Of course this is far from an exhaustive list, so it’s always worth doing your research and having a good look around at what else is available. Experimentation is also a good idea so that you can familiarise yourself with Joomla shopping extensions in order to help you choose the best one to suit you and your business.

hostingThere are a plethora of shared hosting plans to be found online, some great, others mediocre and some downright bad. This makes choosing a host for your Joomla website something of a headache, if you’ve never done it before, as there are just so many options.

However, we’ve had a look around for some of the well-known and respected hosts that specialise in Joomla to help take the hard work out of finding one.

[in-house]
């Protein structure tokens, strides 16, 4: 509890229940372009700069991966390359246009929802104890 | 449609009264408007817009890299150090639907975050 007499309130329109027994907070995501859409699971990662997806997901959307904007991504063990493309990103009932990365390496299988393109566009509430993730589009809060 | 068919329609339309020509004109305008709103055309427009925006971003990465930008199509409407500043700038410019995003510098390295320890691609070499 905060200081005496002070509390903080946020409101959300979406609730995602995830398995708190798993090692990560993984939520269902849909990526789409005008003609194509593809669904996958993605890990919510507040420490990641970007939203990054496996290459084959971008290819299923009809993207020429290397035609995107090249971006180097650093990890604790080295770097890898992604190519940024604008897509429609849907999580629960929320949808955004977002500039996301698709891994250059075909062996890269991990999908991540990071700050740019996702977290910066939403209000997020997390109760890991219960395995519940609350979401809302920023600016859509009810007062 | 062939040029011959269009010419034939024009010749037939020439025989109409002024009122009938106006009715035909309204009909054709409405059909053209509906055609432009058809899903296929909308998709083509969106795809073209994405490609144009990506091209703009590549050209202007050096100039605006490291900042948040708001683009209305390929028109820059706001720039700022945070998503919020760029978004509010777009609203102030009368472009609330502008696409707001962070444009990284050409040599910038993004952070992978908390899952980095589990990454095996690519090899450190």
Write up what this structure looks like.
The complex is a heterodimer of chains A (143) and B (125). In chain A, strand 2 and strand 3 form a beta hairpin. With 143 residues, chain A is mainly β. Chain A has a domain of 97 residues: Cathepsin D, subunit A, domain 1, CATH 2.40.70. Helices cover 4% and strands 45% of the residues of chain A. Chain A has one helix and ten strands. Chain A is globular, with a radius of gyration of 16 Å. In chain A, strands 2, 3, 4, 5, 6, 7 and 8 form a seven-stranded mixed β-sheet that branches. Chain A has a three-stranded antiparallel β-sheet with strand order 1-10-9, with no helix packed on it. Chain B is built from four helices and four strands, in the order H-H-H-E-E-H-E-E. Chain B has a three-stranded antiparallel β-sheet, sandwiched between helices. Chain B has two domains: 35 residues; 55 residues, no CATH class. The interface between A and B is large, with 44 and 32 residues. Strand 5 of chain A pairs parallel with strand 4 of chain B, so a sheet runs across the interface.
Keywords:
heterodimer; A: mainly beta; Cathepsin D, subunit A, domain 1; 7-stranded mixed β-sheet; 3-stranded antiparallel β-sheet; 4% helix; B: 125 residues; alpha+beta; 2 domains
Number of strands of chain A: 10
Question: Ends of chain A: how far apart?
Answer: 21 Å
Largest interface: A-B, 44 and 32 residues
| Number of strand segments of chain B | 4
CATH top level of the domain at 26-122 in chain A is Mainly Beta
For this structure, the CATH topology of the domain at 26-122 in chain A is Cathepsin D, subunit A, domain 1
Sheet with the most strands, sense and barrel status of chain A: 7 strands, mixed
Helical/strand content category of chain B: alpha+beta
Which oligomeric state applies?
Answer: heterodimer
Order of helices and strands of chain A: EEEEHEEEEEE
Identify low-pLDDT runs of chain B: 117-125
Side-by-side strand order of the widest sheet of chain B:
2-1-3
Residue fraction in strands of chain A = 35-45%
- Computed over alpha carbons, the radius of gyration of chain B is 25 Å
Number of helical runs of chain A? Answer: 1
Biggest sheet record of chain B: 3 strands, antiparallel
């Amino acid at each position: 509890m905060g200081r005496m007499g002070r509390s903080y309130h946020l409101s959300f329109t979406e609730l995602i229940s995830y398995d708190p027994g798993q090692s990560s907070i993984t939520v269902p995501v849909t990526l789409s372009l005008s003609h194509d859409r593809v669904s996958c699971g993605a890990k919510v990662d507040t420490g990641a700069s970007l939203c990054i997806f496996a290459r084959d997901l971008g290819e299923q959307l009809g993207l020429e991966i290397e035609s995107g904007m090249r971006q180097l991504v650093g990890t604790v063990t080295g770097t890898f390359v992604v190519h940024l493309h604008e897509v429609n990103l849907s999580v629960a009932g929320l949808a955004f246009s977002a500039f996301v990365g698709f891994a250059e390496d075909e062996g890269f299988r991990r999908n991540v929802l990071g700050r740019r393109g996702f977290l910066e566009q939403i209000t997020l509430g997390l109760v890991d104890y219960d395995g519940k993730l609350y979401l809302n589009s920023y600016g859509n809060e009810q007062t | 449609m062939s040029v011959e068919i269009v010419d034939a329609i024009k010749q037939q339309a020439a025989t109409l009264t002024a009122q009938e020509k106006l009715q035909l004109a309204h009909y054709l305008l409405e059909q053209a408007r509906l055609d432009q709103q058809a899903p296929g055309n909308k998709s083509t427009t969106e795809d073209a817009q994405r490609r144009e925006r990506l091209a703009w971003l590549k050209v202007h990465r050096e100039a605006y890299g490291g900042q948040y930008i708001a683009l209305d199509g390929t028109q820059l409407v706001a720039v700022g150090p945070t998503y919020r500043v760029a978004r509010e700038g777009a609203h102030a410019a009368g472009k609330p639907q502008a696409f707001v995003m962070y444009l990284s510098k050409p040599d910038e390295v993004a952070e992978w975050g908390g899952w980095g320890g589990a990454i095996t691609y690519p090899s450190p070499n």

Planning is essential

Before you go ahead, plan your site out – is it going to be a hobby or blogging site or are you looking for something commercial? If you’re looking to use the site for a business, it’s not recommended that you go with shared hosting as it’s likely you’ll need a premium plan.

For hobbies and bloggers, who just want a basic platform on which to share their passions with the world, it’s possible to get free or shared hosting that costs a negligible amount.

Decent free hosting for a Joomla website is rare, and if you’re going to go down that route then the only real advantage you will have is the opportunity to use your own domain name.

Shared hosting, on the hand, is ideal for many people who don’t want to pay the earth as they share a server and its resources with others. Shared hosting tends to cost in the region of $4-20 and should include the following: